The Lady of Baza (la Dama de Baza) is a famous example of Iberian sculpture by the Bastetani. It is a limestone female figure with traces of painted detail in a stuccoed surface. It is held in Spain's National Archaeological Museum.

Lady of Baza
The impassive seated female figure is richly dressed and adorned with ear ornaments
Height1.335 meters
Width1.08 meters
Created4th century BCE
Discovered22 July 1971
Baza, Andalusia, Spain
Discovered byFrancisco Velo
Present locationMadrid, Community of Madrid, Spain



It was found on July 22, 1971, by Francisco José Presedo Velo, in Baza, in the Altiplano de Granada, the high tableland in the northeast of the province of Granada. The town of Baza was the site of the Ibero-Roman city of Basti and, in one of its two necropoleis, the Cerro del Santuario, the Lady of Baza was recovered. She is seated in an armchair, and an open space on the side is thought to have contained ashes from a cremation.[1]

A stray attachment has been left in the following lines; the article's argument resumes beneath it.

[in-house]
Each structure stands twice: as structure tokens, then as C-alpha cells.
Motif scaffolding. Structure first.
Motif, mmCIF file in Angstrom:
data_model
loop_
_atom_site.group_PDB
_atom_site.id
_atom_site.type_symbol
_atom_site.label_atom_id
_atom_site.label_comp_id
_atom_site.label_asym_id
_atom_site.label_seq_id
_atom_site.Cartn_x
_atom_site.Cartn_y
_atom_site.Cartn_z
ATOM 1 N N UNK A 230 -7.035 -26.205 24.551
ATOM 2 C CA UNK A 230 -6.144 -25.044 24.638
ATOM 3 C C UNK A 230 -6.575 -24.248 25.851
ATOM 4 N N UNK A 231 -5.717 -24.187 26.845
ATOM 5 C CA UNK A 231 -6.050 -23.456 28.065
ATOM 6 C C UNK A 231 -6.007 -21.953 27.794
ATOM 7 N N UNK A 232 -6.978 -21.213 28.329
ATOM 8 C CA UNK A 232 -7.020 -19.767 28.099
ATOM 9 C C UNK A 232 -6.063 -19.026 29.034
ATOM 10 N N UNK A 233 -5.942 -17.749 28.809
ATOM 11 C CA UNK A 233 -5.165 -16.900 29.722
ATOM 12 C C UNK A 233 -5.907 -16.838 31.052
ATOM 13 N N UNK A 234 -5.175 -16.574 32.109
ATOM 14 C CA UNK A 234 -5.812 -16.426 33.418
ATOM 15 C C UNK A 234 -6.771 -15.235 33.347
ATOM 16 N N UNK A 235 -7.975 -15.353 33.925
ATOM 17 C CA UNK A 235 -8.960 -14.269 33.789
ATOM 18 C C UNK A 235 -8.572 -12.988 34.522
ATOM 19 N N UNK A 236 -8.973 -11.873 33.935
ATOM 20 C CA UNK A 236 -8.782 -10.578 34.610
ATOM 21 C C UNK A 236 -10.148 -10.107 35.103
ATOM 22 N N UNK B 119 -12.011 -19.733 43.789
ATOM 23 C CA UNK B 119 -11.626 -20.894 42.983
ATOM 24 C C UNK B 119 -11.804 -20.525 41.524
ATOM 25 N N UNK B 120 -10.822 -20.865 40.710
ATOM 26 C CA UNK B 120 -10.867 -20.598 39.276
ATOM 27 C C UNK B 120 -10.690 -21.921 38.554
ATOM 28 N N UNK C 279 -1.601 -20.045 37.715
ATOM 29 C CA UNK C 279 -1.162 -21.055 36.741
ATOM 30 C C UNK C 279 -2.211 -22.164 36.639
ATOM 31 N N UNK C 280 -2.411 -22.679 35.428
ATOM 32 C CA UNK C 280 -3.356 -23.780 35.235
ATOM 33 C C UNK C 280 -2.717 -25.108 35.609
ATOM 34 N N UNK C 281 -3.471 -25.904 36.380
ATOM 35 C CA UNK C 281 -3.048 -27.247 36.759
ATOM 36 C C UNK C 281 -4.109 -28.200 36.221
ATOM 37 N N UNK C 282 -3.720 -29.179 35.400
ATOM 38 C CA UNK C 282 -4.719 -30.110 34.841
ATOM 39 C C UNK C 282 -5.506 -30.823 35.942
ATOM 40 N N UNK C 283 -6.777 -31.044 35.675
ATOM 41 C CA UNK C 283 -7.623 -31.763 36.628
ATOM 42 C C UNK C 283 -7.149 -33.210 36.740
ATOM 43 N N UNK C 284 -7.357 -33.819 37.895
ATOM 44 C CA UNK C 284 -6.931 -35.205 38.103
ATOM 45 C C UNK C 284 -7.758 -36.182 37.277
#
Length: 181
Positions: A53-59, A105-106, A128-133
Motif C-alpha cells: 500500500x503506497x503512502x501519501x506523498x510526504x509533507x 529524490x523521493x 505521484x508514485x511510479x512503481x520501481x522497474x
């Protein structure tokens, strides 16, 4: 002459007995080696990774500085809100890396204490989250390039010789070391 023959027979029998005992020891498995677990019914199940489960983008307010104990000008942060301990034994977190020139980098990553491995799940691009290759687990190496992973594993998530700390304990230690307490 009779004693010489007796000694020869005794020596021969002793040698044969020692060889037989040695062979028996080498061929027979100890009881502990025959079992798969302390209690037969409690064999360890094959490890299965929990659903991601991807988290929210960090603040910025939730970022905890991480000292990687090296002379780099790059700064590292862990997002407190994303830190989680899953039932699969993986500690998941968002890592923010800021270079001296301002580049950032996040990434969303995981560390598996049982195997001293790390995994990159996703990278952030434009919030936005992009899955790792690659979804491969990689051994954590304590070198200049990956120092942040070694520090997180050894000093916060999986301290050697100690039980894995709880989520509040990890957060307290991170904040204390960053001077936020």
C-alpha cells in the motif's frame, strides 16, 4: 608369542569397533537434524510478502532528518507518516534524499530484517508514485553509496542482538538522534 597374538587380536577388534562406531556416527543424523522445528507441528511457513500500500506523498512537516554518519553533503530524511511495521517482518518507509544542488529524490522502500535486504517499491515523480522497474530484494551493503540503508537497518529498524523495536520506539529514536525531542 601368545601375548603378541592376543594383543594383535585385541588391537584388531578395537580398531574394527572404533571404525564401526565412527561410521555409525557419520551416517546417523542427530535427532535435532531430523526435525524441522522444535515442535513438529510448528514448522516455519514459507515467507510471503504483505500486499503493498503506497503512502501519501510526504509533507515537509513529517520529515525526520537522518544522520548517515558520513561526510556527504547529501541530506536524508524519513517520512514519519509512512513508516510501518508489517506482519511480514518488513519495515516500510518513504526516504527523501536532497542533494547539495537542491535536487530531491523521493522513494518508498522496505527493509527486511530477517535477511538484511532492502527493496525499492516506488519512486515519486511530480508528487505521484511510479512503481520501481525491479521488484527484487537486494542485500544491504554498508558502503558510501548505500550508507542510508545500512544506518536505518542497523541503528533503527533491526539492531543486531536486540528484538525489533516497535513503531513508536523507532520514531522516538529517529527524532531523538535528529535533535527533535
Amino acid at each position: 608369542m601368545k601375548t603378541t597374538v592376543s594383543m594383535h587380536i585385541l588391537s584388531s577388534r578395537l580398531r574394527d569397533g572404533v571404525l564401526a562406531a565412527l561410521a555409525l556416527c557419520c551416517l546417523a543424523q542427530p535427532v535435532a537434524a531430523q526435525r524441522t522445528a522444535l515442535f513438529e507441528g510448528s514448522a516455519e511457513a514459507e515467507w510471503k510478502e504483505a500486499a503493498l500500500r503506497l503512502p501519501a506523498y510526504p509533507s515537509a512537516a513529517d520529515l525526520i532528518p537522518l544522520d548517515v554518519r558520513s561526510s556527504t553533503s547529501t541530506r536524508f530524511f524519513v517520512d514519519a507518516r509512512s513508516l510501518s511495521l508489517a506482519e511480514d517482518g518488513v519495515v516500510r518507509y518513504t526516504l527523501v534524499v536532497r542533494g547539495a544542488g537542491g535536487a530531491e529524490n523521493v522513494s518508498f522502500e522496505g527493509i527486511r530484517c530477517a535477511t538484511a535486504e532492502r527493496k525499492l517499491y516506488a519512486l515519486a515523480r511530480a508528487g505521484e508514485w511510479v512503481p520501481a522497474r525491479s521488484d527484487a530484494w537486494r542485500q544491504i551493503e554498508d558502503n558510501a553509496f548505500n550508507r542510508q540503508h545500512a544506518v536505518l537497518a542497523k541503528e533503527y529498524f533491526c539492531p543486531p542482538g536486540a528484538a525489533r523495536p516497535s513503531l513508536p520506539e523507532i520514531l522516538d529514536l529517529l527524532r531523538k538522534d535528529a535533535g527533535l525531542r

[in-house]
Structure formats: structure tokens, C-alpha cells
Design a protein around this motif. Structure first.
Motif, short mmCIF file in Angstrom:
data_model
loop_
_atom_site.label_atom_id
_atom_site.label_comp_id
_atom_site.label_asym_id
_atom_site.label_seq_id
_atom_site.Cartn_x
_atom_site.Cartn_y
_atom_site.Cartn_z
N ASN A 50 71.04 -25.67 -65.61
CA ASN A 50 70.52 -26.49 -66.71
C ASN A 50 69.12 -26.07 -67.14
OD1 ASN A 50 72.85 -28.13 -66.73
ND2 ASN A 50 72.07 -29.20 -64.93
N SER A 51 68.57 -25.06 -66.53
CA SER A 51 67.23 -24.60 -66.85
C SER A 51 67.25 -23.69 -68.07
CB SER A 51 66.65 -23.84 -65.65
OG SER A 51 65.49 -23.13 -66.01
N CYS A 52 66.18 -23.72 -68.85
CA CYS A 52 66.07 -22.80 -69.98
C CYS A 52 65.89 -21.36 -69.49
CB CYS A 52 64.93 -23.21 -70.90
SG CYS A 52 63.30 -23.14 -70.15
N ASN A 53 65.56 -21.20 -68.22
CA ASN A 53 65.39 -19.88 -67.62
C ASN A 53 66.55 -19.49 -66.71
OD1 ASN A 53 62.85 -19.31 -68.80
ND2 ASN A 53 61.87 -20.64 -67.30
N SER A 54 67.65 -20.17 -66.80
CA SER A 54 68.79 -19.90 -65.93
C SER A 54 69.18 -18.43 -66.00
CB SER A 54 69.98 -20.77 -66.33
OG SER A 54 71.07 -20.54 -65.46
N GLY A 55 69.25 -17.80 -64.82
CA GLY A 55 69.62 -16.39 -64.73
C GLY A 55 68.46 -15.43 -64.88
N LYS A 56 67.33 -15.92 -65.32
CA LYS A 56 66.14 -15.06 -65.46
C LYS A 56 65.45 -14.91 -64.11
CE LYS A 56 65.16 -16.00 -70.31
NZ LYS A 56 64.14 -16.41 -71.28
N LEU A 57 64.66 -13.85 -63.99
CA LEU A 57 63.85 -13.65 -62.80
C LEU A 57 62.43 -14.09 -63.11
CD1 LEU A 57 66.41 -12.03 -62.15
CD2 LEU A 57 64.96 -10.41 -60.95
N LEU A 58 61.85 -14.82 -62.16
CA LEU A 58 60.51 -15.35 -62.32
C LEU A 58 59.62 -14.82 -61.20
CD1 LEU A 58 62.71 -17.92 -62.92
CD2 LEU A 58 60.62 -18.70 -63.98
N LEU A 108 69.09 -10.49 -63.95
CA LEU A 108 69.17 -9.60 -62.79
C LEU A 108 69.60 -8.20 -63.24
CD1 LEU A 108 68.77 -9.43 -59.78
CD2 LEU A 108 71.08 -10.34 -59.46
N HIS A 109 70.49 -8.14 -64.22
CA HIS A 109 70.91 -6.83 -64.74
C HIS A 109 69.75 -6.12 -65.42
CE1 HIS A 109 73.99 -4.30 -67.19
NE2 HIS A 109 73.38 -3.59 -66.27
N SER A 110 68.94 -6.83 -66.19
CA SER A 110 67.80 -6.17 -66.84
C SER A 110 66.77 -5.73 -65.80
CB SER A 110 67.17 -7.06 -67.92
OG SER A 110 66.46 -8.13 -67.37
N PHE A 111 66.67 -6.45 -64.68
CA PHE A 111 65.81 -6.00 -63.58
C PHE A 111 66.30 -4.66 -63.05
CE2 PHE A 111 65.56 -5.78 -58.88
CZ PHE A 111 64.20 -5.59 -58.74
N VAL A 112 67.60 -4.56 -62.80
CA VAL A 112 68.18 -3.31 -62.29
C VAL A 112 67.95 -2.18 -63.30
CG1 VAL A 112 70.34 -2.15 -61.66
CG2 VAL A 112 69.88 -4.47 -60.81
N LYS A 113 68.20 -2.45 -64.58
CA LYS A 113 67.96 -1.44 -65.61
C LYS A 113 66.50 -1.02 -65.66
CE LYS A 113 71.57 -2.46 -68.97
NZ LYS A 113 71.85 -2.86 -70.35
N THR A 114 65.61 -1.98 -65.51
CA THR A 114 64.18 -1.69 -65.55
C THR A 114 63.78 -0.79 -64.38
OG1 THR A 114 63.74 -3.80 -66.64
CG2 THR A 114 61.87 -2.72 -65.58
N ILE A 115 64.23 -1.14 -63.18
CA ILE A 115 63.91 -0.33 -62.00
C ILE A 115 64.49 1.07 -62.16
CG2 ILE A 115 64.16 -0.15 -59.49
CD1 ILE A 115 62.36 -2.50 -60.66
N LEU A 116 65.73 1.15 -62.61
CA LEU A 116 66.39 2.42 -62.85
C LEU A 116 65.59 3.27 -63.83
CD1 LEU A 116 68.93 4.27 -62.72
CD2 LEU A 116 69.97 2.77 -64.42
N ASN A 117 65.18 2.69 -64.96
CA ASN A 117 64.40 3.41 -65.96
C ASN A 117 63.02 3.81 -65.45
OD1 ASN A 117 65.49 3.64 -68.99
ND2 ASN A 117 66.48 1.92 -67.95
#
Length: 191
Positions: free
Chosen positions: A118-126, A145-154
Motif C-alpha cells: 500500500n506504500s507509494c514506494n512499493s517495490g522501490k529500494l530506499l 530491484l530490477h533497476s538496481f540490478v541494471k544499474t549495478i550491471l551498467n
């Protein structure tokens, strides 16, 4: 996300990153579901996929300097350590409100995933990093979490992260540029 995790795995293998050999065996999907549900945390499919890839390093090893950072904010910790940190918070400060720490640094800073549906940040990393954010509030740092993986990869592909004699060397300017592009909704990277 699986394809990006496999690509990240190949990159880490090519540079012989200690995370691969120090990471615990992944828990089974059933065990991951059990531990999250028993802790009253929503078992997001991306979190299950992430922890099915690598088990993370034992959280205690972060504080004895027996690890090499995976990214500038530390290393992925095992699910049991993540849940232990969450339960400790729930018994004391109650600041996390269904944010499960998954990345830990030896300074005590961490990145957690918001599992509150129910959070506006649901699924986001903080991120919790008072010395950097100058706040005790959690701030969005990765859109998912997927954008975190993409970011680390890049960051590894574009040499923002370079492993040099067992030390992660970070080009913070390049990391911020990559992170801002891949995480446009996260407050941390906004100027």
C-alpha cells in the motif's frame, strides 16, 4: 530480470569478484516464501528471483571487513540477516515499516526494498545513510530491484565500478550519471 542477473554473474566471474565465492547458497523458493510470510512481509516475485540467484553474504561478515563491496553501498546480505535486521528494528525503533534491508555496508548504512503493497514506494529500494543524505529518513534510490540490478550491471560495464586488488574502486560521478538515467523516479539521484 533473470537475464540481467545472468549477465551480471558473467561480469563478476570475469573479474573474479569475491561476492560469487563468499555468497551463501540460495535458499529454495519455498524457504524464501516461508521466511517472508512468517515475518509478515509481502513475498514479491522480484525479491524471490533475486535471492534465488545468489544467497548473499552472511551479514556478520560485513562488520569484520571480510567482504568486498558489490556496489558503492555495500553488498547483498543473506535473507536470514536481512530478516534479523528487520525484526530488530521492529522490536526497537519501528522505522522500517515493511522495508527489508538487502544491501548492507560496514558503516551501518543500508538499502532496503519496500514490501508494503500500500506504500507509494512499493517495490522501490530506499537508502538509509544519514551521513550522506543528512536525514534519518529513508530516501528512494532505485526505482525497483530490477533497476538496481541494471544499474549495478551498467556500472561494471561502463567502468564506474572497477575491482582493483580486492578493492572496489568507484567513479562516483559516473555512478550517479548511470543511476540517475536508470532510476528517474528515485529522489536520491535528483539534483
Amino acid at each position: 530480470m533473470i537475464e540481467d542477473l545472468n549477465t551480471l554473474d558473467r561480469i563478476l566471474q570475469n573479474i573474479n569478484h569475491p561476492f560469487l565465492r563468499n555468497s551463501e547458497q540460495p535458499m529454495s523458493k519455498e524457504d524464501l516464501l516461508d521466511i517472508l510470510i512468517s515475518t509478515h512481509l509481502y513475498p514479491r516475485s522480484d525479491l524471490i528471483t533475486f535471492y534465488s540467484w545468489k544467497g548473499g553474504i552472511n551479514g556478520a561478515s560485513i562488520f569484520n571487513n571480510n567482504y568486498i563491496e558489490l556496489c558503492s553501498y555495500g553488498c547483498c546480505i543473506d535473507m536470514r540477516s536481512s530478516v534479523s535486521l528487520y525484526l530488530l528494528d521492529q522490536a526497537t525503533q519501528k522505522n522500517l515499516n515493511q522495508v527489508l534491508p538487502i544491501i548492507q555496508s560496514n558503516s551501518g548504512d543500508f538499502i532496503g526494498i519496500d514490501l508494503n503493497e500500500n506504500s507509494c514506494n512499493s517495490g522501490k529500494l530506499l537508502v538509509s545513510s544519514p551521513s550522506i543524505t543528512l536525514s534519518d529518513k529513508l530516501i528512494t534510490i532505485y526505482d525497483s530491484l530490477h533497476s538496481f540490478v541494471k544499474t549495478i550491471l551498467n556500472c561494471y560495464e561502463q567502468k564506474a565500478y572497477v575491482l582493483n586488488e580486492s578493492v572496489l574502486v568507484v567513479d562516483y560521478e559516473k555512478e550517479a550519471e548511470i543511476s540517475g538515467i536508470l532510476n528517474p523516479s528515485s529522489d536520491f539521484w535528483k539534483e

The sculpture's name links it in the popular imagination to its more famous cousin, the Lady of Elche. After conservation, the sculpture, which dates to the fourth century BCE, joined the enigmatic Lady of Elche deposited in the National Archaeological Museum of Spain in Madrid. The chimera Bicha of Balazote and the standing Gran Dama Oferente, also called Dama del Cerro de los Santos, are exhibited in the same room of the museum.


  1. ^ Analyses of the sculpture were published by F. Presedo in "La necrópolis de Baza" (Madrid) 1982 pp 317-19 and plate, and by A. García y Bellido, Arte Ibérico en España (Madrid 1980) pp 52-56.